“Since 1991, the Navajo People have elected a president for their nation,  and the date to officially file and run is May 17 with a closing date of May 30.   One of the people who is attempting to get on the ballot for the August 28 primary election is Trudie Jackson, a longtime advocate from Arizona who is Native American and trans.” M. Roberts, TransGriot

Trudie Jackson for Navajo Nation president 2018

Excerpt: Trudie Jackson Attempting A Historic Run For Navajo Nation President by Monica Roberts, TransGriot

“Ya’tah – my name is Trudie Jackson and my clans are: Bitterwater and Folded Arms, then the Mexican and Yucca-Strung-Out-In-A-Line from Teec Nos Pos, AZ on the beautiful Navajo Nation. I am a product of Indian Boarding School and Indian Student Placement Program.

Trudie Jackson

Upon relocating to Phoenix, AZ in 1984 to pursue my high school education at the Phoenix Indian School, I decided to stay in Phoenix which lead to 34 years. Ultimately, my experience as an urban Navajo taught me many life lessons of learning to survive in urban spaces. I have learned so much and challenged myself to walk into spaces, which at times, meant being the only American Indian to advocate and be the voice for my community as a proud Dine’.

Over the course of years, I have stood on the sidelines and made my observations of the political climate on the Navajo Nation by elected tribal leaders of what they propose as their platform to lift the Navajo Nation as an effective leader that leads for the betterment of the Navajo Nation.

I can not continue to stand on the sideline and allow the ongoing unethical practices by elected tribal officials to ‘take from the people’ and fill their pockets and/or luxury lifestyles. If I continue to stand on the sideline, I am just adding more fuel and allowing it to continue without interjection. Enough is enough!

With that said, I have decided to enter the race for the 2018 Navajo Nation Presidential Election. I want my people to judge me on my leadership skills and qualities. I would like to bring home the knowledge that I have learned and gained whiled residing off the Navajo reservation and help lift My People to create a better place, which we can all call, home.’

I ask for your support, as a candidate for the 2018 Navajo Nation Presidential Election.  Ahe’hee, Trudie”

Category: Politics | Tags: ,

Arizona Border Patrol Car Hits Native…And Keeps Going!

“Tensions flared on Friday between federal authorities in Arizona and residents of a Native American reservation straddling the border with Mexico after a video surfaced in which a Border Patrol vehicle appears to hit a man from the tribe before driving away.” S. Romer, The New York Times

U.S.-Mexico border.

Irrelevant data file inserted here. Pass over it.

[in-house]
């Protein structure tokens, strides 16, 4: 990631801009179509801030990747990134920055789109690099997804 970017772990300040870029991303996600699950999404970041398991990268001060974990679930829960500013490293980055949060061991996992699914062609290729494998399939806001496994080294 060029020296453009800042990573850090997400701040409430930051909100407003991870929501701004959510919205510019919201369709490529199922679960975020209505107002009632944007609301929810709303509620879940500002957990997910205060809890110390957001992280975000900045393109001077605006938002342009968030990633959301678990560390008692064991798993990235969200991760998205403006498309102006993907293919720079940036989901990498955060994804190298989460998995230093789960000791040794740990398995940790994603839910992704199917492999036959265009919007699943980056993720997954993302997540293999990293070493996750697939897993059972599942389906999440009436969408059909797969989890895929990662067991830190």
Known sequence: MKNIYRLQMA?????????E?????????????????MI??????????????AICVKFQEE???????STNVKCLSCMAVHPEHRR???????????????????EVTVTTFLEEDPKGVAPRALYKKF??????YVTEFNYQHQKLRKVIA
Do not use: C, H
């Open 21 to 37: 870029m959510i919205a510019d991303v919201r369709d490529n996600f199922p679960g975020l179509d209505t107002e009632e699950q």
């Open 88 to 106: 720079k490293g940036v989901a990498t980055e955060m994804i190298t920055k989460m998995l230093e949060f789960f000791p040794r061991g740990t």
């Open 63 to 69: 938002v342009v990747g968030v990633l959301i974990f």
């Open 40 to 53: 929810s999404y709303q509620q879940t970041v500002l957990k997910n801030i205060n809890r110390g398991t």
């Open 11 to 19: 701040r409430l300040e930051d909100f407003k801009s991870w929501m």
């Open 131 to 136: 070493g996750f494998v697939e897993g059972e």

Excerpt: U.S Border Patrol ran over an O’odham man today By Simon Romer, NYT

“The video, which was recorded on the phone of the victim, a member of the Tohono O’odham Nation identified as Paulo Remes, spread quickly on social media after several tribe members and Indivisible Tohono, an organization focused on the impact of border policies, posted the footage on Twitter and Facebook.

Click here to see video on Twitter

‘They just ran me over, bro,’ Mr. Remes is heard saying on the video. He told The Arizona Daily Star that he was taken to a nearby hospital for treatment of injuries from the incident, which took place on Tohono O’odham land about 60 miles southwest of Tucson. Mr. Remes appeared to be standing in a dirt road facing the vehicle when it made contact, knocking him to the ground. Mr. Remes told the newspaper that the driver of the vehicle did not stop.

Leaders of the tribe have expressed opposition to Trump’s pledge to build a wall through their land along the border. Largely because officials strengthened security at other points along the border, the reservation of the Tohono O’odham has emerged as an important transit point for unauthorized immigrants and drug traffickers, leading to frequent encounters with law enforcement and the Border Patrol…Robert G. Daniels, a spokesman in Arizona for the Border Patrol, said the agency was not able to release the identity of the agent involved in the episode; the video seems to show the vehicle speeding away after the victim is hit. ‘All I can say is that this incident is under investigation,’ Mr. Daniels said.

Edward D. Manuel, the chairman of the Tohono O’odham Nation, said in a statement that the victim is 34 years old. Mr. Manuel, who did not identify the victim by name, added that the tribe’s police department was investigating the incident together with the F.B.I. and the United States Attorney’s Office.”

 

Category: Law, Social